|MILESAGO: Australasian Music & Popular Culture 1964-1975||Groups & Solo Artists|
THE IDLERS FIVE
The Idlers Five was one of several Australian 'folk' acts of the 1960s who enjoyed considerable popularity at the time, but who have since been largely forgotten. As Zbig Nowara pointed out in his article on Gary Shearston, Australian folk performers have been unfairly ignored by historians, discographers and collectors of popular music, simply because their music falls outside the abitrary boundaries of the 'pop' genre. This is most regrettable because, as time passes, it is becomes increasingly difficult to find out any information about these performers. It's also does a disservice to their achievements, because some of these 'folk' artists -- most notably Lionel Long and Gary Shearston -- were far better known and sold more records than most local beat bands. This is doubly ironic because, as Australian folk music historian Malcolm J. Turnbull has noted, prominent folk performers like Lionel Long were often strongly criticised by folk purists and accused of "selling out" if they achieved any commerical success.
The Idlers Five were based in Melbourne, and performed during the mid-1960s. The full lineup is not yet known, but we have established that physician, motivational speaker and entrepreneur Dr John Tickell was a member of the group and that he worked his way through his studies by performing with the band (1). They were evidently quite a popular act at the time and made appearances on TV.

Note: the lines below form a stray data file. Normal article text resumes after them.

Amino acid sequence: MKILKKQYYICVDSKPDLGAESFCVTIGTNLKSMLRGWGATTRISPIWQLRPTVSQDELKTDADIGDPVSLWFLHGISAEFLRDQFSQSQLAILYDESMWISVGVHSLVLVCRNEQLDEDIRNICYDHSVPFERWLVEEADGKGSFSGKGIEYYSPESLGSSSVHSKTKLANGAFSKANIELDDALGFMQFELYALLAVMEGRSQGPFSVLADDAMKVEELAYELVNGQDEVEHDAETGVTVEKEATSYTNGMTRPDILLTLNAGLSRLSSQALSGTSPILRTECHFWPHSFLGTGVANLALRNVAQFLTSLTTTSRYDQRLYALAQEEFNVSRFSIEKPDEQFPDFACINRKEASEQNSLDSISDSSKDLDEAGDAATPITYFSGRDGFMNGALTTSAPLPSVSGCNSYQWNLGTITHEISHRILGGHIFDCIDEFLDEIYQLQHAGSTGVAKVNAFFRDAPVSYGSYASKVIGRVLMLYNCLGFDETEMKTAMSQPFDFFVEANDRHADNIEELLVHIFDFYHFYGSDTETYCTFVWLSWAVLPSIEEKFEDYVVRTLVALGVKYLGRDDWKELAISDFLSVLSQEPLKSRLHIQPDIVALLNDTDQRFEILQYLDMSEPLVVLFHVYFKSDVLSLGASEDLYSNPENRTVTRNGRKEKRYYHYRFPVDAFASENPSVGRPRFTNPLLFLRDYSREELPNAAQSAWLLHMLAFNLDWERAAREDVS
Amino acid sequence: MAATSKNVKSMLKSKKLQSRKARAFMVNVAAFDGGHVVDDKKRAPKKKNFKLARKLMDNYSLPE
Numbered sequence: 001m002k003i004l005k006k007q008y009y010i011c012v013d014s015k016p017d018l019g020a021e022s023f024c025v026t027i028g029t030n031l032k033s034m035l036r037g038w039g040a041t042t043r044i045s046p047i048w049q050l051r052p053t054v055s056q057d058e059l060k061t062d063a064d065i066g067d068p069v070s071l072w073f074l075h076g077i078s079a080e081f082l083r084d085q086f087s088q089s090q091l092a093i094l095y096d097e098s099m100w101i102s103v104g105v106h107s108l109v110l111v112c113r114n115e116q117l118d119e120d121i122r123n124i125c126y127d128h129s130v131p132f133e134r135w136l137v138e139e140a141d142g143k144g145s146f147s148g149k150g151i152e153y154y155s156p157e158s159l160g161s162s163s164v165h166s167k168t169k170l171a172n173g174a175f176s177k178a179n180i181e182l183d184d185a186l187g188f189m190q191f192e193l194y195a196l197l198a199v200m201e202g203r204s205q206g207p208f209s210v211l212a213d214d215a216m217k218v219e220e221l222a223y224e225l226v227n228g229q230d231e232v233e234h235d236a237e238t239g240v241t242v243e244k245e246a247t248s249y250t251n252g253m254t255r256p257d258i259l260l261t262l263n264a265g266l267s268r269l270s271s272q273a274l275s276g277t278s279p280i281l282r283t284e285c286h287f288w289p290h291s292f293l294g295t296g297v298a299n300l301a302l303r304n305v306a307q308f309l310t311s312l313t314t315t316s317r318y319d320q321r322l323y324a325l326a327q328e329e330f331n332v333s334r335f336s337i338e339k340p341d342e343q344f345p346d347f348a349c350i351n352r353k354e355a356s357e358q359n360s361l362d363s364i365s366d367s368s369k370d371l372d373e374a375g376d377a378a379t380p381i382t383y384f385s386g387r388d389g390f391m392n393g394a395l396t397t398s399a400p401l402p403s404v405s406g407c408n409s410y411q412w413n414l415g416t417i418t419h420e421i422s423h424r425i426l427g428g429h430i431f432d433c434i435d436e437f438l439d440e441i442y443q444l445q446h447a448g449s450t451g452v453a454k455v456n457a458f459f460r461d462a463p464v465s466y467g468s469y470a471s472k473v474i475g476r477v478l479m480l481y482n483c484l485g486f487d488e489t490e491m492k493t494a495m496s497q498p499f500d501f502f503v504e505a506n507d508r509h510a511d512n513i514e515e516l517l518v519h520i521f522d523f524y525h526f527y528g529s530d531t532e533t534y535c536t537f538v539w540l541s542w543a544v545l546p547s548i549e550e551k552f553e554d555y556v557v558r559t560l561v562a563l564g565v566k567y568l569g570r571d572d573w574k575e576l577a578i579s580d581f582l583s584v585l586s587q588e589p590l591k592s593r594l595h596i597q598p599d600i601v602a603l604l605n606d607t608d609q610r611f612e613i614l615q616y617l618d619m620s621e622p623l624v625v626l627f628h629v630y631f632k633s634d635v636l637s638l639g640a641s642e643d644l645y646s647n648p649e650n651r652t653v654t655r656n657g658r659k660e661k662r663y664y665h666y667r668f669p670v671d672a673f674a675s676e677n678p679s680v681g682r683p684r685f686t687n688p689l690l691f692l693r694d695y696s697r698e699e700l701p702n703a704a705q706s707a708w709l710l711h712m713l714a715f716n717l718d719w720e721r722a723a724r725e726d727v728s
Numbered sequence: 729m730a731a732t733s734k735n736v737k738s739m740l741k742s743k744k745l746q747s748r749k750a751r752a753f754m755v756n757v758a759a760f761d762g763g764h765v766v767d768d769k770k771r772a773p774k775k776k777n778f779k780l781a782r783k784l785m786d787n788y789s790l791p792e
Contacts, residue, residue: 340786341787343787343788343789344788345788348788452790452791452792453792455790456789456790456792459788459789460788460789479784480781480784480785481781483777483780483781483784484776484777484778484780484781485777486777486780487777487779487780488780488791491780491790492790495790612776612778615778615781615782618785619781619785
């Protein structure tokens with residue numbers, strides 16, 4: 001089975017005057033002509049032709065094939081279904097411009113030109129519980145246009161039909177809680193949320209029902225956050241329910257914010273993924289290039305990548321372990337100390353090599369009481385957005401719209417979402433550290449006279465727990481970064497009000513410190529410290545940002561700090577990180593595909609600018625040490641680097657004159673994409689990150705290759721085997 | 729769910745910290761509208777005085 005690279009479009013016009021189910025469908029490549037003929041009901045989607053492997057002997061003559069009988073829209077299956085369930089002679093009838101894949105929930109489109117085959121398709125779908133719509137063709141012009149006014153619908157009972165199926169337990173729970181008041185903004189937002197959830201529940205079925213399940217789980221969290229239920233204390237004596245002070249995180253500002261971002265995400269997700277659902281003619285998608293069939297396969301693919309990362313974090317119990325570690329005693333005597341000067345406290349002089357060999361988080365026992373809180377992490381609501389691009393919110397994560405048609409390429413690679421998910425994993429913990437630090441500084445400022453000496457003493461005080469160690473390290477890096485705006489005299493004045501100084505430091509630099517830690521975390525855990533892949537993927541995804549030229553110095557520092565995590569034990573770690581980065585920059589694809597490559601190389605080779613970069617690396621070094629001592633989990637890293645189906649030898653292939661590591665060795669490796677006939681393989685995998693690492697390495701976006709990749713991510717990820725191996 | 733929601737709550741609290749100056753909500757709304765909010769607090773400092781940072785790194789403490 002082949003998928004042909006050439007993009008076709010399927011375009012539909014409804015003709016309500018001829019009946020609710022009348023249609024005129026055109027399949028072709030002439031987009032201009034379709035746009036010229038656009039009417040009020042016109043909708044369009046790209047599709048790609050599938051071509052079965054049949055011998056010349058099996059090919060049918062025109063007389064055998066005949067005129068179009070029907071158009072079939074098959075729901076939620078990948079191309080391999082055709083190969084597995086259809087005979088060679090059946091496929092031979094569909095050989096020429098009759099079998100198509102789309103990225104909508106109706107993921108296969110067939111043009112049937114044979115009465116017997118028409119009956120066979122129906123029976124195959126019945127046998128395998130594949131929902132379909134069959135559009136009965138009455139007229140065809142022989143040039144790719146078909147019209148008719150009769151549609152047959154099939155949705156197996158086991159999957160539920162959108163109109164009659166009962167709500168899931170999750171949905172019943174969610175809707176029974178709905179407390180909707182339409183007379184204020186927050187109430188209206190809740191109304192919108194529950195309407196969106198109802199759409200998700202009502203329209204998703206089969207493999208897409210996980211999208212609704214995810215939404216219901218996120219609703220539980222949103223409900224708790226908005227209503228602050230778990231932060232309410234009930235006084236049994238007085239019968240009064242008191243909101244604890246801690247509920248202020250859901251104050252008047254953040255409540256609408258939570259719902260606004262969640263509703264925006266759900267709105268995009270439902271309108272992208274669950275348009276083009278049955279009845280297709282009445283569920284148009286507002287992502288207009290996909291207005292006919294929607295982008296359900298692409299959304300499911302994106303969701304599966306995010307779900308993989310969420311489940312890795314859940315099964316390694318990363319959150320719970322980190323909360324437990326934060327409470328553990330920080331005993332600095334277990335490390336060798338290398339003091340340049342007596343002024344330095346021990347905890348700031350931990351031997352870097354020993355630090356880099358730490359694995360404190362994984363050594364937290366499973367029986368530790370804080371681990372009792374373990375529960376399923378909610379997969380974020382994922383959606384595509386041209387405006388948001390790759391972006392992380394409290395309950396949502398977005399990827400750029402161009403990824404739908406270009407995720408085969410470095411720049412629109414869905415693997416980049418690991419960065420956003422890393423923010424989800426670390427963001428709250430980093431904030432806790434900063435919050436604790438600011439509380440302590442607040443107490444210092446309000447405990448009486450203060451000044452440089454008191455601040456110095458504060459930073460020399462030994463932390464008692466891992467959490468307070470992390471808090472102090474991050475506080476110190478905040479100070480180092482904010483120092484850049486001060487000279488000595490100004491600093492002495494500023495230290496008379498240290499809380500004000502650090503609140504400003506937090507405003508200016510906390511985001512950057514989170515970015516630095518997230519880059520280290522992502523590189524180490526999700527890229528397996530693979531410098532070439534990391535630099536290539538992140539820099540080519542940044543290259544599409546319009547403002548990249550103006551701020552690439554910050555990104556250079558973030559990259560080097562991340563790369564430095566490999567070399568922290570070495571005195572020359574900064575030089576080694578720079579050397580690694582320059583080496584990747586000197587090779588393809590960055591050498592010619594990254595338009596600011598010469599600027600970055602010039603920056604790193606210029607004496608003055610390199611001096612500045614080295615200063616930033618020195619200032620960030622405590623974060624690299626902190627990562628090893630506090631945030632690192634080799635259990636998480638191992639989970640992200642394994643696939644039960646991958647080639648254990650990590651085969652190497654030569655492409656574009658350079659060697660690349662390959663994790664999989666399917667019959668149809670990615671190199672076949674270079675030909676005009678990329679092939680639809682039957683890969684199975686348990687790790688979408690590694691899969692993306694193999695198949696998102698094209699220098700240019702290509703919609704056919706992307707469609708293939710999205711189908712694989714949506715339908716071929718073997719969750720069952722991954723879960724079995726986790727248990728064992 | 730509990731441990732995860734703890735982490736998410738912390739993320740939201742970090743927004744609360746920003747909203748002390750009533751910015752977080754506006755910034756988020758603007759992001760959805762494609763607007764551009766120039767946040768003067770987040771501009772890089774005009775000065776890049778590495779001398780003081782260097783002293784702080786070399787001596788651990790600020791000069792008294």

Their first known recording was an LP, The Idlers Five Sing Folk and Gospel Songs, released in 1964 on an unknown label; it is known to have included a cover of Dylan's "Blowin' In The Wind", which may be the first cover of a Dylan song by an Australian act. By 1966 they had signed to EMI's HMV label for whom they recorded two singles. Their only known chart success came in early 1968, by which time they had moved to CBS. Their single "Melborn and Sideny" was a light-hearted take on the perennial rivalry between Sydney-Melbourne, which namechecked footballer Ron Barassi and Victorian Premier Henry Bolte:
"We'd rather live in Melbourne
Though some folks say it's faulty
Sydney's got its strippers
But we've got Henry Bolte
We've got Australian Rules
And the Melbourne Cup each year
Sydney's girls are way out front
But we've got stronger beer" (2)
The single was a modest success; it presmuably charted well in Melbourne and managed to get into the lower end of the Go-Set Top 40 in March 1968, charting for seven weeks and peaking at #30. The B-side was a cover of the Jagger-Richards classic "As Tears Go By", a choice which would no doubt have been scorned by folk purists. The follow-up single "If Pigs Could Fly" evidently did not chart and no other information about the group has been located so far.
"Kind Of A Girl" / "Lands Of Yesteryear" (HMV EA-4776)
"Stay With Me" / "Green Valley" (HMV EA-4798)
"Melbourne To Sydney" / "As Tears Go By" (Jagger-Richards) (CBS BA-221474)
Melborn and Sideny (CBS BG-225217)
The Idlers Five Sing Folk and Gospel Songs (label unknown)
References / Links
1. Norman Abjorensen
"Leadership in the Liberal Party: Bolte, Askin and the Post-war Ascendency"
Ross Laird / Screensound
The First Wave: Australian Rock & Pop Recordings 1955-1963
The Sixties: Australian Rock & Pop Recordings 1964-1969
"The Gary Shearston Story"
45 Discography for CBS Records - BA 221000 series - Australia